Use Pseudonymisation-Enabled Legitimate Interest processing to:
Key Business Considerations
The hospitality and travel industries thrive on providing special or unique services for customers, particularly providing personalisation for regular or high-profile repeat customers. For example, some large hotel chains are able to provide their most-valued hotel guests with personal liaisons for customer questions or assistance during their stay. In smaller hotels, stored data and processing technology is used to track customer preferences, so that guest experiences can be personalised to some extent. And this does have an impact on customers: in the Hotel 2020 report from IBM, they noted that “over 70 percent of hotel guests we surveyed report having positive experiences with personalization.”
Some of the issues with developing these experiences include:
Key Legal Considerations
Analytics, AI and ML for hospitality, travel and loyalty programs:
While processing personalised data is necessary for successful hospitality, travel and loyalty programs, there are some issues. The personalised nature of these datasets results in a higher likelihood of reidentification risk via the Mosaic Effect.
When the processing of personalised data is necessary for successful hospitality, travel and loyalty programs, the resulting benefits and the protection of personal data must be balanced. A practical way of ensuring both must be discovered.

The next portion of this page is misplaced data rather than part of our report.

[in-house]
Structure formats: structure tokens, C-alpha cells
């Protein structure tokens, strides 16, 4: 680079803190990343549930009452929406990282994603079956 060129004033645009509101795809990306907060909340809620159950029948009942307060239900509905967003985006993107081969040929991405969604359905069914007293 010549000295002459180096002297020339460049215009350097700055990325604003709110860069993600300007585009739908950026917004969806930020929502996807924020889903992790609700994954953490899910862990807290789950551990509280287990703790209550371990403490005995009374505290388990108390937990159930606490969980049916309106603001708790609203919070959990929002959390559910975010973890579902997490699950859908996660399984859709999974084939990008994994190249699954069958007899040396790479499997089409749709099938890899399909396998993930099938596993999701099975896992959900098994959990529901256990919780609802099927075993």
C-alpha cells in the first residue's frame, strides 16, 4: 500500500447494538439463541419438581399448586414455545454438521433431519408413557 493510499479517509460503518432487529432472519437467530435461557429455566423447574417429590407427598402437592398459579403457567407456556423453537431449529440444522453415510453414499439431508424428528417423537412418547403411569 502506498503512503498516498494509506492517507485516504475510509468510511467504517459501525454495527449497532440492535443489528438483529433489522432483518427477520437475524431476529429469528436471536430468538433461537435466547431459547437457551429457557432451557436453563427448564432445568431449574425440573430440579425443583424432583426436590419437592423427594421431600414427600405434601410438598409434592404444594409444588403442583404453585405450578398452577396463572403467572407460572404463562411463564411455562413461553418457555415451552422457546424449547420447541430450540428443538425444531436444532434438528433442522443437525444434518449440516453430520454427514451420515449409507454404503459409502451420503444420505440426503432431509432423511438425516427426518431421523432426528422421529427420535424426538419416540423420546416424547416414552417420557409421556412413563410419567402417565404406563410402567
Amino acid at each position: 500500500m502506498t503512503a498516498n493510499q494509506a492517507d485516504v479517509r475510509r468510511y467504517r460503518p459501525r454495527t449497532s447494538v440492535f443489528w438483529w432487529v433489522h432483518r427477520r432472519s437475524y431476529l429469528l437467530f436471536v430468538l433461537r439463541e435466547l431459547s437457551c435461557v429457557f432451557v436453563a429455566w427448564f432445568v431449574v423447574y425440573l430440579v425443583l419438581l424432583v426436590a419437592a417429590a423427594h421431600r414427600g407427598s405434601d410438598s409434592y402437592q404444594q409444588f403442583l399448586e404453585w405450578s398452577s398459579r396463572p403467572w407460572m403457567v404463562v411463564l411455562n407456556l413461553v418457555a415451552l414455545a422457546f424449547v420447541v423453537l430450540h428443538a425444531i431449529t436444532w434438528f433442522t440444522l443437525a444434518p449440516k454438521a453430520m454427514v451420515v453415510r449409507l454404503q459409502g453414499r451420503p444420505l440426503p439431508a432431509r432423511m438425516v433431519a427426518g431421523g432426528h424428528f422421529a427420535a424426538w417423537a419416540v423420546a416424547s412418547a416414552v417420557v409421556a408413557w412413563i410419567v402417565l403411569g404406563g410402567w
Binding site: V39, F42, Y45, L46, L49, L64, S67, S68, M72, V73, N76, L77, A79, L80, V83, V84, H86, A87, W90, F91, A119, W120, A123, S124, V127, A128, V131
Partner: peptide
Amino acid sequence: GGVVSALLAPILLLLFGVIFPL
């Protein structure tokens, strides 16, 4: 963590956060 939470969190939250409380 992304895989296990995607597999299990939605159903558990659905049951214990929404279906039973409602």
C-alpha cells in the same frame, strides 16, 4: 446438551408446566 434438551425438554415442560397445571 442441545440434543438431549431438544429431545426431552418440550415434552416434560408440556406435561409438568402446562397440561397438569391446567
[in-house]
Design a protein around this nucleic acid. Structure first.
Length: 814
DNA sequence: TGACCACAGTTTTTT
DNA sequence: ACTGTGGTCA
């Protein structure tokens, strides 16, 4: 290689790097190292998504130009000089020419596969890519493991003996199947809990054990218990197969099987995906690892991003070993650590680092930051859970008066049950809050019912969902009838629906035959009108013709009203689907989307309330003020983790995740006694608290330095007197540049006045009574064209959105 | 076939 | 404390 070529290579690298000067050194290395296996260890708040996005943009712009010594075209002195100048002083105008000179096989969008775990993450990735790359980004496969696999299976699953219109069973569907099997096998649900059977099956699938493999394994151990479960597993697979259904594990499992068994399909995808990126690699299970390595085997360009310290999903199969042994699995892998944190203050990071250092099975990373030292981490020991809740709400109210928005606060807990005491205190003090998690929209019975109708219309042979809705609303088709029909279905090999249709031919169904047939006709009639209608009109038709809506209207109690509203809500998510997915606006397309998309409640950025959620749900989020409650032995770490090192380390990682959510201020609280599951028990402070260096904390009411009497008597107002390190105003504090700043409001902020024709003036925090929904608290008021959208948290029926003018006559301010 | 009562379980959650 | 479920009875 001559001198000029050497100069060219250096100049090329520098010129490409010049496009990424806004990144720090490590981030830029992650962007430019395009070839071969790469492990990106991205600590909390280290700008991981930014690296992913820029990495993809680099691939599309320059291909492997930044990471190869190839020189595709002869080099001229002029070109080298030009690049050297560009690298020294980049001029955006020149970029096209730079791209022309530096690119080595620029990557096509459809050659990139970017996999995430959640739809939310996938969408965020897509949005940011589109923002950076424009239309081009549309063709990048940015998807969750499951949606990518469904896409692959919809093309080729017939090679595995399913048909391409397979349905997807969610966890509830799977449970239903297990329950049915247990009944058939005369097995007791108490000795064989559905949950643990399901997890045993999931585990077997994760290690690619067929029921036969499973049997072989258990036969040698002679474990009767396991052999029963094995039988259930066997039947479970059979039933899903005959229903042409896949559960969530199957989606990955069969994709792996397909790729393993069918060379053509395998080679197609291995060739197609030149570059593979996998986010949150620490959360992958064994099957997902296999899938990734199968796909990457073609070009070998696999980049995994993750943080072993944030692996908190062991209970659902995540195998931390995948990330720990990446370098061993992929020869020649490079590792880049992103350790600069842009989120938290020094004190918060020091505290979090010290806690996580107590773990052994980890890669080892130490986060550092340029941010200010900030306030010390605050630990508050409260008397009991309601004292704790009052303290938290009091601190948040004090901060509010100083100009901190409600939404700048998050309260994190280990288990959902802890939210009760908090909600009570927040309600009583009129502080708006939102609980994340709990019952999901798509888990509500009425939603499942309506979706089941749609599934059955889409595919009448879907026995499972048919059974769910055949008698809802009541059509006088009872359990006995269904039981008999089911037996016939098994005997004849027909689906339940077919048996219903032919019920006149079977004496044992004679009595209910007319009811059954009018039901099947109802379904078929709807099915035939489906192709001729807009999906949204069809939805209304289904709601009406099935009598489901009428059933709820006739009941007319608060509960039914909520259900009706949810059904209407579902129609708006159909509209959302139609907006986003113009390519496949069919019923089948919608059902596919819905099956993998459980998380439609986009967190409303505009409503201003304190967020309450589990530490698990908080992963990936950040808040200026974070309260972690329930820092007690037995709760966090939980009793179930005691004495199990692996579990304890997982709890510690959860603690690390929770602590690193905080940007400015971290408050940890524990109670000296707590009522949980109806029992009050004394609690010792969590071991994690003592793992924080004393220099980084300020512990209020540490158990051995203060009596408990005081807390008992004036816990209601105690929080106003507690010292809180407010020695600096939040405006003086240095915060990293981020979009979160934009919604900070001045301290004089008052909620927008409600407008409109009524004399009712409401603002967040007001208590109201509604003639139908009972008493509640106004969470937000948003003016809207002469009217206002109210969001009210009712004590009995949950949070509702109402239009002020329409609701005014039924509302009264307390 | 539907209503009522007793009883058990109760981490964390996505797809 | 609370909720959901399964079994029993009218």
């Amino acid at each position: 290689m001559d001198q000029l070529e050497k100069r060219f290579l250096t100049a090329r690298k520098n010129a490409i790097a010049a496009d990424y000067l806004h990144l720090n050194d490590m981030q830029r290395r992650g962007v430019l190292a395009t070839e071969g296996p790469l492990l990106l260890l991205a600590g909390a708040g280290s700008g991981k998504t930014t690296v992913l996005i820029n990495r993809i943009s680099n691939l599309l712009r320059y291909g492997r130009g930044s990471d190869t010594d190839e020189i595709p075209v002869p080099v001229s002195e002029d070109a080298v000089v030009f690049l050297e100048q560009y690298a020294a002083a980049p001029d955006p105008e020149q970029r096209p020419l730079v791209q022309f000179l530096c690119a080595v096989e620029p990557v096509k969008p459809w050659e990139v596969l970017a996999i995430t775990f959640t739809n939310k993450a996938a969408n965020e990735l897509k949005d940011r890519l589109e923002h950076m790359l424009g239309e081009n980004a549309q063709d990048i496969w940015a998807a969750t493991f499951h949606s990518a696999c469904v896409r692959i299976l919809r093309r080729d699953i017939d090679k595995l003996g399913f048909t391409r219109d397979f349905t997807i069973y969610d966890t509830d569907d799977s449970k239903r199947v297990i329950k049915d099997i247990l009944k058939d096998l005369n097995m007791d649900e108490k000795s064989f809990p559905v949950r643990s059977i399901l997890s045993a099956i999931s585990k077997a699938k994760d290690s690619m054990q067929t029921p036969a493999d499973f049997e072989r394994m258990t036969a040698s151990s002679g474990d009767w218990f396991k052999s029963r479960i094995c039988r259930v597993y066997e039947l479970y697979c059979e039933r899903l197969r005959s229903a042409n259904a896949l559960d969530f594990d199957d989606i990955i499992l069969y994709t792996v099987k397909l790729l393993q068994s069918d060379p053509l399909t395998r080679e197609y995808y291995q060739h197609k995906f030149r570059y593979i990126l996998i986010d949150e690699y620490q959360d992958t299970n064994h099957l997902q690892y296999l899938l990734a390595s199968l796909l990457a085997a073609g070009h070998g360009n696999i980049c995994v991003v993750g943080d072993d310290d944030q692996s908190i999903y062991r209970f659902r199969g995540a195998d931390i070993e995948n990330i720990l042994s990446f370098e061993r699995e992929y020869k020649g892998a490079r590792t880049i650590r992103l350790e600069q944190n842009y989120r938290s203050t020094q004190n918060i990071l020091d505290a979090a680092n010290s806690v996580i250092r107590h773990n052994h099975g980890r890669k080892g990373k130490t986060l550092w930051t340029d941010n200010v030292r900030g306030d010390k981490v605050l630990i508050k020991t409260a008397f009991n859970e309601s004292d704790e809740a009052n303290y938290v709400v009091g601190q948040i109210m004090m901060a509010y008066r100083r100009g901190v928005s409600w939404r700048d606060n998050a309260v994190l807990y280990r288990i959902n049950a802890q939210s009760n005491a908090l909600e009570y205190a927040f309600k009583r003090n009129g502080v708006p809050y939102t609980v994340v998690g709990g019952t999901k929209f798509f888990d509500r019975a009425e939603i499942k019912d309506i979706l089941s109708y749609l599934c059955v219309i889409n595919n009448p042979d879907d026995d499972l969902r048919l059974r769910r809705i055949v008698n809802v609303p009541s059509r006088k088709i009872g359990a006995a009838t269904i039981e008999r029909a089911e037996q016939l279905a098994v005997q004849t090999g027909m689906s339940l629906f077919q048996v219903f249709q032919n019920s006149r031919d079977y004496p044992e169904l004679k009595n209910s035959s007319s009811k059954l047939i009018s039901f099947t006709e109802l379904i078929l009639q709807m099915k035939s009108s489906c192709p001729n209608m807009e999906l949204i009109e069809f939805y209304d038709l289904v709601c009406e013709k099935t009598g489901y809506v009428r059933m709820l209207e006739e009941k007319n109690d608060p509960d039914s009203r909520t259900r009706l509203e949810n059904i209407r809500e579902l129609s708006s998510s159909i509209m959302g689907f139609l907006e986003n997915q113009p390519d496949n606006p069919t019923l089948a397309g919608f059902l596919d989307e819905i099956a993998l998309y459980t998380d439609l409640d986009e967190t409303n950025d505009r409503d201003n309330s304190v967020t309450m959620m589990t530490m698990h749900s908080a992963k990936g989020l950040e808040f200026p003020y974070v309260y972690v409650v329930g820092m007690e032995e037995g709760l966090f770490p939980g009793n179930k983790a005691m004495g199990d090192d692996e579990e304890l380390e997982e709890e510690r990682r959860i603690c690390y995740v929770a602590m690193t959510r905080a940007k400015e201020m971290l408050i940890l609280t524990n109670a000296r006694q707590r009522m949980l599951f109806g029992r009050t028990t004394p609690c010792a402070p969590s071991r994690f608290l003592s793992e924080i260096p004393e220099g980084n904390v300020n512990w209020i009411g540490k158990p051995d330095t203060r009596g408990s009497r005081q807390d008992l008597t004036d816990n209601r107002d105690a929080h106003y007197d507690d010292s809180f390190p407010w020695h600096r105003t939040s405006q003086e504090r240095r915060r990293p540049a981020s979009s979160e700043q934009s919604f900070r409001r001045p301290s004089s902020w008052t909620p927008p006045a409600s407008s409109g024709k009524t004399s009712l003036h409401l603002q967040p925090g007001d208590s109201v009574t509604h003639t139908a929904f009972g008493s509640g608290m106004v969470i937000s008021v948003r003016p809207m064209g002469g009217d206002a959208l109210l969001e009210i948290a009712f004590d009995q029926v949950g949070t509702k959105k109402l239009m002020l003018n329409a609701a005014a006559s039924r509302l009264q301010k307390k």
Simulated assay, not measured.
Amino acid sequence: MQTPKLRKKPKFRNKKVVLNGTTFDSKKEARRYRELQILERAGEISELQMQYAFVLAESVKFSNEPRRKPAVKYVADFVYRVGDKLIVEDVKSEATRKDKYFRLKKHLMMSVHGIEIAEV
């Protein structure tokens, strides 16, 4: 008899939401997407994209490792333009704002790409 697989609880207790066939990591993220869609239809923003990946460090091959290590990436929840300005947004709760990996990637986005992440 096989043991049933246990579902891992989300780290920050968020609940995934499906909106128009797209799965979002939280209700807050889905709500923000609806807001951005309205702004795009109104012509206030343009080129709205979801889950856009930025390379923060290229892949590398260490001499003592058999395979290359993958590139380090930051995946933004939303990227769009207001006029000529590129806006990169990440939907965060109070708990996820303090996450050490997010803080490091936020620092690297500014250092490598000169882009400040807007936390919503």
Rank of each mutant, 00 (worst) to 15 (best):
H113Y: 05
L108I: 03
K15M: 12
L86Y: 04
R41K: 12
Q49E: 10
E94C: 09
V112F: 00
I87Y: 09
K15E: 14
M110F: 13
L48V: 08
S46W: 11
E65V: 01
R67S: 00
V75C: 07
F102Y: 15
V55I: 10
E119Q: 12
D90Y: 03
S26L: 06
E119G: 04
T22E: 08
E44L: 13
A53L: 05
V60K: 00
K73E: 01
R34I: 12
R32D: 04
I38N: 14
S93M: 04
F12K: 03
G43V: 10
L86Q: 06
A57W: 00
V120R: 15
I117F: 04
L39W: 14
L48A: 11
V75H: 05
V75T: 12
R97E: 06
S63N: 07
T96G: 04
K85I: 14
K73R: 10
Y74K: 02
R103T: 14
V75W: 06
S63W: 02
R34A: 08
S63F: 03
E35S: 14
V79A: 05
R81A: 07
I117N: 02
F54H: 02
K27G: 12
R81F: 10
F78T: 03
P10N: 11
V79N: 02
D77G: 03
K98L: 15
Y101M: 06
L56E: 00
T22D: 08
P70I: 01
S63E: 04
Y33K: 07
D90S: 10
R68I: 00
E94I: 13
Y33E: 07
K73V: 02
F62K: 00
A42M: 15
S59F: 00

It is difficult to rely on the legal ground of consent for hospitality, travel and loyalty programs because consent must be specific and informed. The required analytics, AI and ML tools are so complex, it is not possible to reasonably rely on a customer’s consent, as you cannot be specific enough for the consent to be valid.
This means that you need to rely on Legitimate Interests processing. Legitimate Interests processing provides benefits for data controllers wanting to lawfully use data for secondary processing and repurposing.
However, for Legitimate Interests processing to satisfy legal requirements, you must show that you are using “appropriate safeguards” that reduce the risk of data misuse, such as GDPR-compliant Pseudonymisation.
Anonos Pseudonymisation Technology
The problem is that until now, no data protection technologies were capable of supporting Legitimate Interests processing, by reconciling the conflict between data protection and utility when processing the personal data of customers to maximise lawful data value.
For example, conventional data protection technologies that support anonymisation, encryption, static token allocation, and differential privacy:
Click here to learn what other global companies have proven: that it is possible to retain up to 100% of the accuracy of analytical value when processing datasets protected using patented Anonos Variant Twins®.
Anonos state-of-the-art Pseudonymisation technology is superior to other data protection techniques because it helps enable lawful repurposing, distributed secondary processing and data sharing while delivering data utility equivalent to processing unprotected cleartext versions of personal data.